Searching over 5,500,000 cases.


searching
Buy This Entire Record For $7.95

Download the entire decision to receive the complete text, official citation,
docket number, dissents and concurrences, and footnotes for this case.

Learn more about what you receive with purchase of this case.

Gore v. Pacific Western Equipment Finance

Court of Appeals of Texas, Fourteenth District

August 22, 2019

WRIGHT W. GORE, JR., Appellant
v.
PACIFIC WESTERN EQUIPMENT FINANCE, A DIVISION OF PACIFIC WESTERN BANK F/K/A MARQUETTE EQUIPMENT FINANCE, LLC, Appellee

          On Appeal from the 412th District Court Brazoria County, Texas Trial Court Cause Nos. 77937-CV, 93938-CV

          Panel consists of Justices Wise, Jewell, and Hassan

          MEMORANDUM OPI NION

          Meagan Hassan Justice.

         Appellee Pacific Western Equipment Finance, a division of Pacific Western Bank f/k/a Marquette Equipment Finance, LLC ("Pacific") filed (1) an application for writ of garnishment and (2) an application for turnover and appointment of receiver, seeking to satisfy an outstanding final judgment rendered in a separate suit. The trial court granted Pacific's applications and appellant Wright W. Gore, Jr. appealed. For the reasons below, we affirm.

         Background

         This dispute traces its beginnings to a 2011 master lease agreement signed by lessor Pacific and co-lessees Southern Tri-Star Markets, Ltd. and Southern Tri-Star Markets, II, Ltd. (collectively, "Southern Tri-Star"). Under the terms of the master lease agreement, Southern Tri-Star agreed to remit monthly payments to Pacific in exchange for the use of certain car wash equipment. Gore signed a separate agreement personally guaranteeing Southern Tri-Star's obligations.

         Southern Tri-Star breached the master lease agreement and Gore failed to satisfy its obligations. Pacific sued Southern Tri-Star, Gore, and another guarantor, and asserted claims predicated on the master lease agreement and the guaranty agreement (the "Lease Lawsuit"). The trial court signed a final judgment in the Lease Lawsuit on May 19, 2015 and awarded Pacific $268, 797 in damages as well as attorney's fees, pre- and post-judgment interest, and court costs. Gore did not appeal the Lease Lawsuit's final judgment.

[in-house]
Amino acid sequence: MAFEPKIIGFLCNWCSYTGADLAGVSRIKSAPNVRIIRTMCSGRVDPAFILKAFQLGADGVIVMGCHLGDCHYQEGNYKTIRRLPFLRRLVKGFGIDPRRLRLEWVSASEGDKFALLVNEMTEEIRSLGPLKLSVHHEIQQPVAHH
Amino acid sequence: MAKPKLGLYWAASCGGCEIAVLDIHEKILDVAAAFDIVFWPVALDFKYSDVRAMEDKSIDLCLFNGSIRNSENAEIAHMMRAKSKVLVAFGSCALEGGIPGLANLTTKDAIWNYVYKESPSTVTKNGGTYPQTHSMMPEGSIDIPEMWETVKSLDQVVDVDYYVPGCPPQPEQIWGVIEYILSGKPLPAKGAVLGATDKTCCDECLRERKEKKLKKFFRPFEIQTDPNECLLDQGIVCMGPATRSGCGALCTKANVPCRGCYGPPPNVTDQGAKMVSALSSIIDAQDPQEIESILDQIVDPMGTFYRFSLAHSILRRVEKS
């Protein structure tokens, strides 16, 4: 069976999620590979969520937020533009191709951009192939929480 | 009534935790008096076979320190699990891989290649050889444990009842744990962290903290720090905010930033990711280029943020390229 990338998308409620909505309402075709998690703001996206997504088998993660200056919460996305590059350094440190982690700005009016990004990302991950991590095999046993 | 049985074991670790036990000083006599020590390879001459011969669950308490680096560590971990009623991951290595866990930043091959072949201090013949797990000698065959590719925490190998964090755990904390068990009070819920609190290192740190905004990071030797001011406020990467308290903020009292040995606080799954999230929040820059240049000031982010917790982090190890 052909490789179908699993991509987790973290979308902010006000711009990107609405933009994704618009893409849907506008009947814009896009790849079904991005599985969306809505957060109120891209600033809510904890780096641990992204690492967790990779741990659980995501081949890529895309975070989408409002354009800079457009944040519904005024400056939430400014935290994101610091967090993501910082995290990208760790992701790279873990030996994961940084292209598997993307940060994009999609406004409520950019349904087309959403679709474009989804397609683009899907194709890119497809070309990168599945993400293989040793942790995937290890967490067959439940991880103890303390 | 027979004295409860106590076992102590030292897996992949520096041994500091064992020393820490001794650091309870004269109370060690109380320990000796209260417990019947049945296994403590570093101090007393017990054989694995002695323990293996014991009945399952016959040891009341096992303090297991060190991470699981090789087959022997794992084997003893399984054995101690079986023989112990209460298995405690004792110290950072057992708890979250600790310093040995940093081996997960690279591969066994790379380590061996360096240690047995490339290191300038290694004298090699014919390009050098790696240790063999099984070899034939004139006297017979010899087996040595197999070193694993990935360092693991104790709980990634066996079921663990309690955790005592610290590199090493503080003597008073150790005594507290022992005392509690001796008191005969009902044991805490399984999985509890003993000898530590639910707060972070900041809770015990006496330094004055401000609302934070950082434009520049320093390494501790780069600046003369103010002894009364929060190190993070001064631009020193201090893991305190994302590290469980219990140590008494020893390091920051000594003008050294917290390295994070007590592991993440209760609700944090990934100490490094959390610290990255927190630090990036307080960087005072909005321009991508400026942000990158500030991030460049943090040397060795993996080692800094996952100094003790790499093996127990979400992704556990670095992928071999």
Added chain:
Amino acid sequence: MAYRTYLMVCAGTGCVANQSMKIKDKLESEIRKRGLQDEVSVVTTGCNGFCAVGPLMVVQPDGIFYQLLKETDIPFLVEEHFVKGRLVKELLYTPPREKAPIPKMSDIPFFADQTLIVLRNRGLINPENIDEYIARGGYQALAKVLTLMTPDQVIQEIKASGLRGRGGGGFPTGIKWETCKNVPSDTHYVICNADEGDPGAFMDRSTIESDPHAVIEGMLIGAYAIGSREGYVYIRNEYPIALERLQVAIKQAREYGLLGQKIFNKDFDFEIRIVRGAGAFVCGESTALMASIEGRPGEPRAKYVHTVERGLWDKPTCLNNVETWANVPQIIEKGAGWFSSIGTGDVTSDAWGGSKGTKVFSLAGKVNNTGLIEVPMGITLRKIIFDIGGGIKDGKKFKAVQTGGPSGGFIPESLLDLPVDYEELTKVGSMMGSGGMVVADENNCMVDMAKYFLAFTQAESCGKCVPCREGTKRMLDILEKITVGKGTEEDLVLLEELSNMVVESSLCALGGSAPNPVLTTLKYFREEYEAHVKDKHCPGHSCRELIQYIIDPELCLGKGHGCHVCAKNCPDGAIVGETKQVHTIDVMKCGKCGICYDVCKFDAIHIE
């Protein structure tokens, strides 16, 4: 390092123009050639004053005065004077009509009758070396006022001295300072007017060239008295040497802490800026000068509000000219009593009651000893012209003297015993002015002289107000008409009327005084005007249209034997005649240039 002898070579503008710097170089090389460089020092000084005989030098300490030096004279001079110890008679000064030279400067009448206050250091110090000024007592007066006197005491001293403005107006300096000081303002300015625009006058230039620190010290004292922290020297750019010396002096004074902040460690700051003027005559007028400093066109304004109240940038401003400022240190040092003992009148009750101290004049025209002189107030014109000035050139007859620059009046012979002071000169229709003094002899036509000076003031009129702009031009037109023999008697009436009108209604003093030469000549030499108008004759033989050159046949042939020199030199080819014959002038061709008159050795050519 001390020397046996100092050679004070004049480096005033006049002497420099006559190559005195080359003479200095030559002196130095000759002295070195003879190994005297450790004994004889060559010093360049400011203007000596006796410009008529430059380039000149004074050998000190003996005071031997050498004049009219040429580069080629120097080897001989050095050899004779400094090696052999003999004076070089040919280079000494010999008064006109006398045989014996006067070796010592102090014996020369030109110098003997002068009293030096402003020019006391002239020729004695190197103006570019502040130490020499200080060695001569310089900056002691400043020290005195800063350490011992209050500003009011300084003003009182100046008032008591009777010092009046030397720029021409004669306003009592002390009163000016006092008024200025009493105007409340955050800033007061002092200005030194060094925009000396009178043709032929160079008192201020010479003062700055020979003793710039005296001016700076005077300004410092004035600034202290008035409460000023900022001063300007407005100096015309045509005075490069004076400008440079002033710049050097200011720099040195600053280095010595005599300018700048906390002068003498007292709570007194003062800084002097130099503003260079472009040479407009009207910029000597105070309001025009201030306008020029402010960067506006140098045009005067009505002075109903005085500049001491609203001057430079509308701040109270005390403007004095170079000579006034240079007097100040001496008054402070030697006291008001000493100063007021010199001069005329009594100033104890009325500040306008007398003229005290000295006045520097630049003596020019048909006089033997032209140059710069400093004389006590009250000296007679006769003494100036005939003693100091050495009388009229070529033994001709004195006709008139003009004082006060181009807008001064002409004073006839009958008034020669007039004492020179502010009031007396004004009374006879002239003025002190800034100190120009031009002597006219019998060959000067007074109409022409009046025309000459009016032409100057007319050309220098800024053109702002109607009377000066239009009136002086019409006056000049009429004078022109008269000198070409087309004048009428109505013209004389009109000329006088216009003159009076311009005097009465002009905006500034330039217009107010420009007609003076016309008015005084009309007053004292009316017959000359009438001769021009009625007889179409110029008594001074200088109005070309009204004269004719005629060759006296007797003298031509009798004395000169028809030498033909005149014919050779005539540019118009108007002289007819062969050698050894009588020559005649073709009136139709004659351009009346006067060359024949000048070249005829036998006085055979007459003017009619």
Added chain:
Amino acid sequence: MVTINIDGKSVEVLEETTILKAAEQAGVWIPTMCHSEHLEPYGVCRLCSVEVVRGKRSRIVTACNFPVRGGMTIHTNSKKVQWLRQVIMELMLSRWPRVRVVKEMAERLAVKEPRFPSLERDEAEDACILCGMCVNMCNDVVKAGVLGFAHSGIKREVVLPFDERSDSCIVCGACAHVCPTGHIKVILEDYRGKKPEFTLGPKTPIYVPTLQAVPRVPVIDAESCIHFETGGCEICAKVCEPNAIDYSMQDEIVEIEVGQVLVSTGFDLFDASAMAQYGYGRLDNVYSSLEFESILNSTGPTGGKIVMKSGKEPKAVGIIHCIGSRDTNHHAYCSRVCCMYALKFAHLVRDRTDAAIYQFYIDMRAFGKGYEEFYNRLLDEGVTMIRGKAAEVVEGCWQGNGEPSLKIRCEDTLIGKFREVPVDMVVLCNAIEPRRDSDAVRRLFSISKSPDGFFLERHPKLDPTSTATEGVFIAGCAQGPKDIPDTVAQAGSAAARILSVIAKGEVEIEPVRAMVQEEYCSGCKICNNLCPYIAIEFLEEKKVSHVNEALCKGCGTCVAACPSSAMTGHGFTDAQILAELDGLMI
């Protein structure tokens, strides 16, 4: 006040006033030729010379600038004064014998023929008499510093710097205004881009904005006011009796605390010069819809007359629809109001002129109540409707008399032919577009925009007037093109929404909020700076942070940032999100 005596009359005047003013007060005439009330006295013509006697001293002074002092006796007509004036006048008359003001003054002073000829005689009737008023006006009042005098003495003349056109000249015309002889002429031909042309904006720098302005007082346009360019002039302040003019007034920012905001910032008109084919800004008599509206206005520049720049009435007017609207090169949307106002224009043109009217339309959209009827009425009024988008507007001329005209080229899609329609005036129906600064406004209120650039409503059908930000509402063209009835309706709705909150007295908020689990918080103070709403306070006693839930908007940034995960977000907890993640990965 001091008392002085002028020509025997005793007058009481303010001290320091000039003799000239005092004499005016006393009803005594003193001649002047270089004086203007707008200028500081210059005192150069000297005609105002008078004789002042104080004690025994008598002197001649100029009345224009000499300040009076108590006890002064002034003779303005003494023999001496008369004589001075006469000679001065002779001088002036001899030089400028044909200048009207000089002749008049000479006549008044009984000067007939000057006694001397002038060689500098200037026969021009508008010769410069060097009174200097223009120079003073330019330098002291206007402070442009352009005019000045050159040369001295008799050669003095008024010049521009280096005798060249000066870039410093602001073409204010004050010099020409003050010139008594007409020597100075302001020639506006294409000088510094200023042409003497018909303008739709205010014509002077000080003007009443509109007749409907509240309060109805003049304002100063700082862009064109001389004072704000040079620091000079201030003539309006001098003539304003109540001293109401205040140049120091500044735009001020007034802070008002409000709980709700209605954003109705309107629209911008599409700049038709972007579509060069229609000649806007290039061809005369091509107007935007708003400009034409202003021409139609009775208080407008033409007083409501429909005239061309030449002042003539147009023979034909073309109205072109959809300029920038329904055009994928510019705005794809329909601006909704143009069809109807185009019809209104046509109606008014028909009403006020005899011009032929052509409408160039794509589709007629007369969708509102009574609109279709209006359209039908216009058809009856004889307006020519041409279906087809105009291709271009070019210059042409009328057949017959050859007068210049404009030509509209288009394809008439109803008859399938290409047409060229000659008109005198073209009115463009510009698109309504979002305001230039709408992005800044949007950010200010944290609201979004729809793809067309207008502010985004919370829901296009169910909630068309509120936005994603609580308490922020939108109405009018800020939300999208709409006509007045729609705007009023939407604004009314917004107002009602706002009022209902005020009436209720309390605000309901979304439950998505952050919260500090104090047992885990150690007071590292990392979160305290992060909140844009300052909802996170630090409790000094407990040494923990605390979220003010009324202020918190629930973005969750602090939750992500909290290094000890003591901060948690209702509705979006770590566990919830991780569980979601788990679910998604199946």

Garnishment Proceedings

         In October 2017, Pacific filed an application for a post-judgment writ of garnishment against Lynn Klement, the liquidating manager for Western Seafood Company and Western Shellfish Company (collectively, the "Seafood Companies").[1] Gore and his two brothers owned the Seafood Companies and, under the terms of a separate settlement agreement, Klement was appointed to wind down and liquidate the Companies' assets. The settlement agreement states that, after satisfying the Seafood Companies' outstanding liabilities, Klement would distribute the remaining proceeds to Gore and his brothers (with Gore receiving a 38% share and his brothers collectively receiving a 62% share). In its application for a writ of garnishment, Pacific sought to collect Gore's share of these asset distributions.

         The writ was served on Klement and Klement filed an answer with the trial court stating that he was not indebted to Gore (1) when the writ of garnishment was served on him and (2) when he filed his answer. Pacific filed a response to Klement's answer and the trial court set the writ of garnishment for a hearing.

         The day before the garnishment hearing, Gore filed a motion to dismiss Pacific's application based on a lack of jurisdiction, asserting the master lease and guaranty agreements' forum selection clauses required Pacific to bring the action in a Utah court. During the garnishment hearing, Gore filed a separate motion to dissolve the writ of garnishment contending that (1) Pacific failed to properly serve Gore; (2) collateral was available to satisfy Gore's debt; and (3) Klement did not possess any property belonging to Gore that would be subject to garnishment.

         After the garnishment hearing, the trial court denied Gore's motions and signed a final judgment on March 5, 2018. The trial court's final judgment ordered Pacific to recover $89, 960 from Klement in his role as liquidating manager of the Seafood Companies to satisfy the 2015 final judgment in the Lease Lawsuit. Gore timely appealed.